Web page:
With 24,000 preventable deaths, NHS urged to tackle failing diabetes care
Yesterday the Guardian reported that failings in NHS care for the growing number of diabetics lead to 24,000 preventable deaths each year with others suffering complications including blindness and limb amputations.
The article is based on a report from the government's spending watchdog the National Audit Office, which claims that treatment for diabetics is so poor that barely half of the 3.1 million sufferers receive the regular NHS checks they need to keep them healthy.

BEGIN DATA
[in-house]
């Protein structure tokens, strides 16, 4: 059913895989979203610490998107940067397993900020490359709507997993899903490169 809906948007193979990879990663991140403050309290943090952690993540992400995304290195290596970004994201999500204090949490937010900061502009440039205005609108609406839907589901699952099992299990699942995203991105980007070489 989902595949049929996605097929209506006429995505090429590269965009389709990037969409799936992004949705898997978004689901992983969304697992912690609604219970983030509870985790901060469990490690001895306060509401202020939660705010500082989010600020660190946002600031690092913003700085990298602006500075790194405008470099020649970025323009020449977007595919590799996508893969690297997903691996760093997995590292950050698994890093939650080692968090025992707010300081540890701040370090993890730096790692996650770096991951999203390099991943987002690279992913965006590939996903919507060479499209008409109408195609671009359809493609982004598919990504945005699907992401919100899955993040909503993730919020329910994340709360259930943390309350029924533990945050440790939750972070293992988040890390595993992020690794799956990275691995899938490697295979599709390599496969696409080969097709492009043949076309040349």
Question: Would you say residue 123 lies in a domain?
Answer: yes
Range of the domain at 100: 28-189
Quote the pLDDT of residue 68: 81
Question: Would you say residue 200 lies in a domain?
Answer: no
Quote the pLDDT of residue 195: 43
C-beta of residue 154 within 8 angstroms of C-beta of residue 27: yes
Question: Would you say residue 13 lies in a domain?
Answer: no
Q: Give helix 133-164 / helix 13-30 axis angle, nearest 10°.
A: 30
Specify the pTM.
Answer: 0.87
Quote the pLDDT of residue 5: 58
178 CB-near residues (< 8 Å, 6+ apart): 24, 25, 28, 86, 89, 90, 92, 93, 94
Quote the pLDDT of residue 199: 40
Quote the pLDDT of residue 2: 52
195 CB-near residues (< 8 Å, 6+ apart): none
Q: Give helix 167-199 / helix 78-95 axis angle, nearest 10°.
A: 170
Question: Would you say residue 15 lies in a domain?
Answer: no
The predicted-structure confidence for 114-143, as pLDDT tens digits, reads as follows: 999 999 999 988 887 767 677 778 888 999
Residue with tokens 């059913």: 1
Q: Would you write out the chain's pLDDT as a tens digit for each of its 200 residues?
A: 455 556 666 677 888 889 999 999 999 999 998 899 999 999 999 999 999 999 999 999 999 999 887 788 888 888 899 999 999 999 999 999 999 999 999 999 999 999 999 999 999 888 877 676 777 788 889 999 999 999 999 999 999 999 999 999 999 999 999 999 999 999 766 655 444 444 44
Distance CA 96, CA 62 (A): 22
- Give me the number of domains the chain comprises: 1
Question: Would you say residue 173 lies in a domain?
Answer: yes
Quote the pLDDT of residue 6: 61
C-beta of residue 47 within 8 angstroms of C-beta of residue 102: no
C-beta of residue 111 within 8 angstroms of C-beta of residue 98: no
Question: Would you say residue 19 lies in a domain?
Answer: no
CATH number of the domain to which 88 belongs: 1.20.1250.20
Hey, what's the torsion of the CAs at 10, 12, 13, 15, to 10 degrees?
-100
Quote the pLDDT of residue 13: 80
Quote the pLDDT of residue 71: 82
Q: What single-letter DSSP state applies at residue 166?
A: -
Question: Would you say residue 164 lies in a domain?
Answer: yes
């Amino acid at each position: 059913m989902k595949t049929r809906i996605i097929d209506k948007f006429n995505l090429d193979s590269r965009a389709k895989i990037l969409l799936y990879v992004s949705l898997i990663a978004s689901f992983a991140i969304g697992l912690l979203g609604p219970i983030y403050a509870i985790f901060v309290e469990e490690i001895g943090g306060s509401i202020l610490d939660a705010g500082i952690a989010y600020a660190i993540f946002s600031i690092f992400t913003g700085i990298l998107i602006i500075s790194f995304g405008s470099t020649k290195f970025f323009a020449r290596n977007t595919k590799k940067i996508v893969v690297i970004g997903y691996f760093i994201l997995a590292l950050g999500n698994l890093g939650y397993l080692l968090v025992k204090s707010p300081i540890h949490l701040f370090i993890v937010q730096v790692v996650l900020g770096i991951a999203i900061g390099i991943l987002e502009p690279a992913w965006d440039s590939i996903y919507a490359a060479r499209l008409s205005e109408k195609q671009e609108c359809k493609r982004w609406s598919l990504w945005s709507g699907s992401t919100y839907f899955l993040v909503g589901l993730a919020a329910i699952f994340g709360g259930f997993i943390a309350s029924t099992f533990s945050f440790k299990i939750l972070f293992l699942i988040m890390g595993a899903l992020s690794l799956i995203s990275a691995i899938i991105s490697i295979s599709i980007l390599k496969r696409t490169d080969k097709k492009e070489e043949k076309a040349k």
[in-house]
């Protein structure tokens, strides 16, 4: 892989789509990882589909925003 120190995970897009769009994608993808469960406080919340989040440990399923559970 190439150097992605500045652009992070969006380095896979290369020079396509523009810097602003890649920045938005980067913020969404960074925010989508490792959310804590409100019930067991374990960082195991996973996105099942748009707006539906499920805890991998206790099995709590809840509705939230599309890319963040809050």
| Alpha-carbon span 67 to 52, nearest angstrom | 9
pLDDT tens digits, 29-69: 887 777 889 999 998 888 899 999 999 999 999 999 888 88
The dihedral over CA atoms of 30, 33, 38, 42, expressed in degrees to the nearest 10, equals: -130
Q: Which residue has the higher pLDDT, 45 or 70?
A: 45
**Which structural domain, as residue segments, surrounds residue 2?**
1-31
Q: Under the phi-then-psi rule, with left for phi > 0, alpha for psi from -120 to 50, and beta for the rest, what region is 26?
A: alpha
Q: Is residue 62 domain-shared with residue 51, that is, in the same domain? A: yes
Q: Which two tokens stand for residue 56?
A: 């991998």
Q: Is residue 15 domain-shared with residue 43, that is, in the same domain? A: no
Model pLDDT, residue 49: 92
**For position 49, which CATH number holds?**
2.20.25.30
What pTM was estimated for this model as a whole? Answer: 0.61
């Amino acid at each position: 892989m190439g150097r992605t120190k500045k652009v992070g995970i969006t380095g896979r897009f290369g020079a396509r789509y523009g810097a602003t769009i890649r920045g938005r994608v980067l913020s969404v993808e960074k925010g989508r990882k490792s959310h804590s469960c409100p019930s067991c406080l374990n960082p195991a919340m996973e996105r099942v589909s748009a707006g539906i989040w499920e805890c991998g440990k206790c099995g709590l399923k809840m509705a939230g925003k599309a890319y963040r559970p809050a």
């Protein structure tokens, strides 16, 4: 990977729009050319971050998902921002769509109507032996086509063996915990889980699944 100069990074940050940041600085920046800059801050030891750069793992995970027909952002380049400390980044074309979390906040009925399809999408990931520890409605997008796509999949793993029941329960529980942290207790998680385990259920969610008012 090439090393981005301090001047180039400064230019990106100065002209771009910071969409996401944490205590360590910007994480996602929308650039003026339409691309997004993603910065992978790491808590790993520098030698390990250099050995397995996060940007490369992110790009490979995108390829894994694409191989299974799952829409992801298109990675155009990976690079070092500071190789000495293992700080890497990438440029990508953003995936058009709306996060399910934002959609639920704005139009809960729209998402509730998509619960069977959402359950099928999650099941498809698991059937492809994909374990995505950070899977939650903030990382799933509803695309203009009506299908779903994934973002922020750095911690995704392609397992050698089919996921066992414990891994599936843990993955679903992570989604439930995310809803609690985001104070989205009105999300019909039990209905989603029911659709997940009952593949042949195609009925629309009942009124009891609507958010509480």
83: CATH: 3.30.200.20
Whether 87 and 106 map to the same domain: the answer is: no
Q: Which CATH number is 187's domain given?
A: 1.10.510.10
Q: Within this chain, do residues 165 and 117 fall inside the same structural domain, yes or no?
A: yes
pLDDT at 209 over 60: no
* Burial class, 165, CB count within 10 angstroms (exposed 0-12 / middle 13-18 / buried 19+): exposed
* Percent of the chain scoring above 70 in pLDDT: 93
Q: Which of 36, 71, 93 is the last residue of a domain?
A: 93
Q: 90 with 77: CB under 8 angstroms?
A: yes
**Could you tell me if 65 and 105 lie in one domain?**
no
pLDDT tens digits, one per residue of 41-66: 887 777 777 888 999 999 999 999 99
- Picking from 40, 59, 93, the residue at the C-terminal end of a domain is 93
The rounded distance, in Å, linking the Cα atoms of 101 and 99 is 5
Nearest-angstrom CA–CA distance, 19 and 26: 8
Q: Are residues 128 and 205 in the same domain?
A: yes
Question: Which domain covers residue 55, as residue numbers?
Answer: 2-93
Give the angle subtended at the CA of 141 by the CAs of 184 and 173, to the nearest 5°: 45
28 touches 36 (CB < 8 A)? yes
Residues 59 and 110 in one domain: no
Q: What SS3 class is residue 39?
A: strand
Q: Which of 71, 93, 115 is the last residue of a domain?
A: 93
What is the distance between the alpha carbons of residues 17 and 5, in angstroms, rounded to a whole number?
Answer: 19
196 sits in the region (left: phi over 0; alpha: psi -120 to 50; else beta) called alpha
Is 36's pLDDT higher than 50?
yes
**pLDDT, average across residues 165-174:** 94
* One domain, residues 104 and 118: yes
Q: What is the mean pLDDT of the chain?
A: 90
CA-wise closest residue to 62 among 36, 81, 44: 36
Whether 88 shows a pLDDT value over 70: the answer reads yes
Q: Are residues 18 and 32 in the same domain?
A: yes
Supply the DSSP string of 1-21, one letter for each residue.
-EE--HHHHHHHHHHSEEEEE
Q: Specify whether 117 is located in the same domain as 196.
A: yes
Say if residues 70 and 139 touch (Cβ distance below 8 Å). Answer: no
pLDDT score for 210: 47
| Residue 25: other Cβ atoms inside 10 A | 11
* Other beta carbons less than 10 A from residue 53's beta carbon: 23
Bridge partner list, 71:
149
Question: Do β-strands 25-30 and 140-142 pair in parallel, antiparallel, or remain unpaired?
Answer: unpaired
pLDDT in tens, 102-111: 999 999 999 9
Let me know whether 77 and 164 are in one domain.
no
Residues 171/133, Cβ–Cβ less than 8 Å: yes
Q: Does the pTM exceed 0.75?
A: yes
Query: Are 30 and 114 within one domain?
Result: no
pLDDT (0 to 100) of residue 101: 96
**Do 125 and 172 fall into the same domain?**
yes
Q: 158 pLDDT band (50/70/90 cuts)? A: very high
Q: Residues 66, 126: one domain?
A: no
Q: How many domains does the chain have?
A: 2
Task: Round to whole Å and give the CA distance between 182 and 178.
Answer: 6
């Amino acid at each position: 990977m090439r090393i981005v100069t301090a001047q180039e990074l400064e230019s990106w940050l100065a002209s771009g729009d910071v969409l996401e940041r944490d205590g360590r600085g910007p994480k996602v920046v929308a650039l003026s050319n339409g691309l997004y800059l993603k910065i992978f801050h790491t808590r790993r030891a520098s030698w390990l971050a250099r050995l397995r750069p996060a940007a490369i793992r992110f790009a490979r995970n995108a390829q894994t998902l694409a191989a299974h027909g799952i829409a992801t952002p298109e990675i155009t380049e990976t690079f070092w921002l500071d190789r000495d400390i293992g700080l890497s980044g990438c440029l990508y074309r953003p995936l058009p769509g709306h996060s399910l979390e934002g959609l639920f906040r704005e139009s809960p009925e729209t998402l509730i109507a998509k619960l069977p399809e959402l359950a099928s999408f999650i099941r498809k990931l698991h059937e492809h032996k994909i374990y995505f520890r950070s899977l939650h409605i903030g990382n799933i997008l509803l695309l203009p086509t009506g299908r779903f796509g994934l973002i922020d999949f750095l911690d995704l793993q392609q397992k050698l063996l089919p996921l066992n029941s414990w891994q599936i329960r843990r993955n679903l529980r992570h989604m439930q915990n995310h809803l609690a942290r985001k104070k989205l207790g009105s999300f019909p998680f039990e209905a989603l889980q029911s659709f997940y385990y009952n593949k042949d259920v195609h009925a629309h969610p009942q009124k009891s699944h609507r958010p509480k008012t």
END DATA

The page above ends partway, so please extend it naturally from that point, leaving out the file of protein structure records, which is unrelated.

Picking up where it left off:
Inadequate medical care for diabetics is something that we see as medical negligence solicitors because when healthcare professionals fail to act appropriately when dealing with the disease, lives can be wrecked. While these stats are shocking, the government must remember that each is an individual and the impact of their loss of vision, a limb or even death, will have a catastrophic impact.
The tragedy is that as this article clearly shows basic care and checks could prevent much of this needless suffering. The diabetes medical negligence cases that the team at JMW have dealt with include delays in diagnosis, improper management and a failure to realise a patient was at risk of losing a limb.
With the number of people suffering from the disease growing there is a risk that UK diabetes care will become a national scandal. The NHS cannot bury its head in the sand and it must start targeting diabetes patients proactively if spiralling preventable deaths and injuries are to be brought under control.